RIGHTS AND ABILITIES
Today, in a five to four ruling, the Supreme Court finally decided that all men are created equal...even rich men. After lifting the restrictions on the amount of money a corporation can give to a political campaign and when they're allowed to run ads prior to an election, the Supreme Court all but sealed the fate of "the McCain/Fiengold act" which has made mince meat of the first amendment since it's inception.
As expected, the left is having a tantrum. Why? Because of the long held liberal myth that corporations are nothing more than conglomerations of robotic non-human entities from a far away galaxy who's only purpose in life is to destroy the lives of poor people. Believe it or not though, corporations are actually comprised of American citizens who just so happen to own businesses. That's right, American citizens. Not robots, not elves, not space aliens, and not in-animate objects under the control of some OZ-like character hiding behind some massive green curtain. Corporations are nothing more than groups of people who share a common interest, as well as the same Constitutional rights as we "poor folk".
The Constitution of the United States does not guarantee our rights assuming only that you meet a specific income guideline. It guarantees ALL of us the same rights, regardless of whether you're dirt-poor broke, or the CEO of a major investment firm. And like ALL of us, the American CEO has the right to free speech. That means he/she has the right to purchase a prime time spot to air his multi-million dollar ad campaign for or against any candidate at any time.
This is when the liberal would say "But that's not fair, some people can't afford to buy ads on TV, and that could lead to corruption!". OK, can you point me to the line in Constitution that guarantees the right of the people to "afford", well...anything? To afford something has to do with personal ability, not personal rights. As for corruption, as long as a human being is involved, their could be (not necessarily will be) corruption. As for fairness, it is absolutely fair because both the rich and poor man have the right to purchase air time and speak their mind. The only difference is that one may not have the ability.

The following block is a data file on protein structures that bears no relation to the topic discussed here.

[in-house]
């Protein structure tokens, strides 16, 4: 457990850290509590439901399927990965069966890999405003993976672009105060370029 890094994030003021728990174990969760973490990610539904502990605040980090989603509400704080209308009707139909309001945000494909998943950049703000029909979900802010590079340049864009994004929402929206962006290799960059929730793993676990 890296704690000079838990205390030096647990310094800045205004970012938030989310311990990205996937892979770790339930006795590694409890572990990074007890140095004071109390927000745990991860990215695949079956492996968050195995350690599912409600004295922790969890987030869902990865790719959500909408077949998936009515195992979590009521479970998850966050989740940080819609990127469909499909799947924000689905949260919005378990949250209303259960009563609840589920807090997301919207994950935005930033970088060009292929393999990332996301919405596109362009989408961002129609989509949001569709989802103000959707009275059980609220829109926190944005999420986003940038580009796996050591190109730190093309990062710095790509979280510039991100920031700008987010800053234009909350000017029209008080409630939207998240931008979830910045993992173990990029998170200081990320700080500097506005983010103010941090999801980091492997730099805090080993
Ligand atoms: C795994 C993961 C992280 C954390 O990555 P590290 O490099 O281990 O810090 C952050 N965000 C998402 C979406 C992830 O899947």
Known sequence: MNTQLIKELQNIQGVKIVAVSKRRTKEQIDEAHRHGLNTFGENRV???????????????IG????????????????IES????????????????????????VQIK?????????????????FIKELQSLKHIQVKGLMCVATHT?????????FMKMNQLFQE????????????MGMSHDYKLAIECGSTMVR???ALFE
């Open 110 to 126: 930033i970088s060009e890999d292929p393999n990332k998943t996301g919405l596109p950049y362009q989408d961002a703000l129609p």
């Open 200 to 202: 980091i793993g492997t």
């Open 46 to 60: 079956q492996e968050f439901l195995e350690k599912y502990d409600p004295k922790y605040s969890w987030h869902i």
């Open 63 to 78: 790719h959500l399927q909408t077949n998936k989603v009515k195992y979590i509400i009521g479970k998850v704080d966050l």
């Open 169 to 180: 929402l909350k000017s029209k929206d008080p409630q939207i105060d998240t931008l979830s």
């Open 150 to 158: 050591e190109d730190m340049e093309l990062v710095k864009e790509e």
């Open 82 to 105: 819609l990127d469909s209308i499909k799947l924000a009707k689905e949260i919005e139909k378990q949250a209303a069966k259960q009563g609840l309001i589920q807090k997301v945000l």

Another argument against this ruling is that only the opinion of "the rich" will find it's way into the public discourse. Really? You mean the opinion of a rich person like Al Gore? Or like George Soros? Maybe you mean the opinion of rich guys like Rush Limbaugh or Mitt Romney? I'll see your Barbara Streisand, and raise you one John Voight. How about I trade you one Ted Turner for a Rupert Murdoch? Just what is the opinion of a rich person?
Thankfully for us, these issues were sorted out a long time ago by a group of both rich and poor guys known as our founding fathers. They explain it all in a little piece of parchment called the Bill of Rights.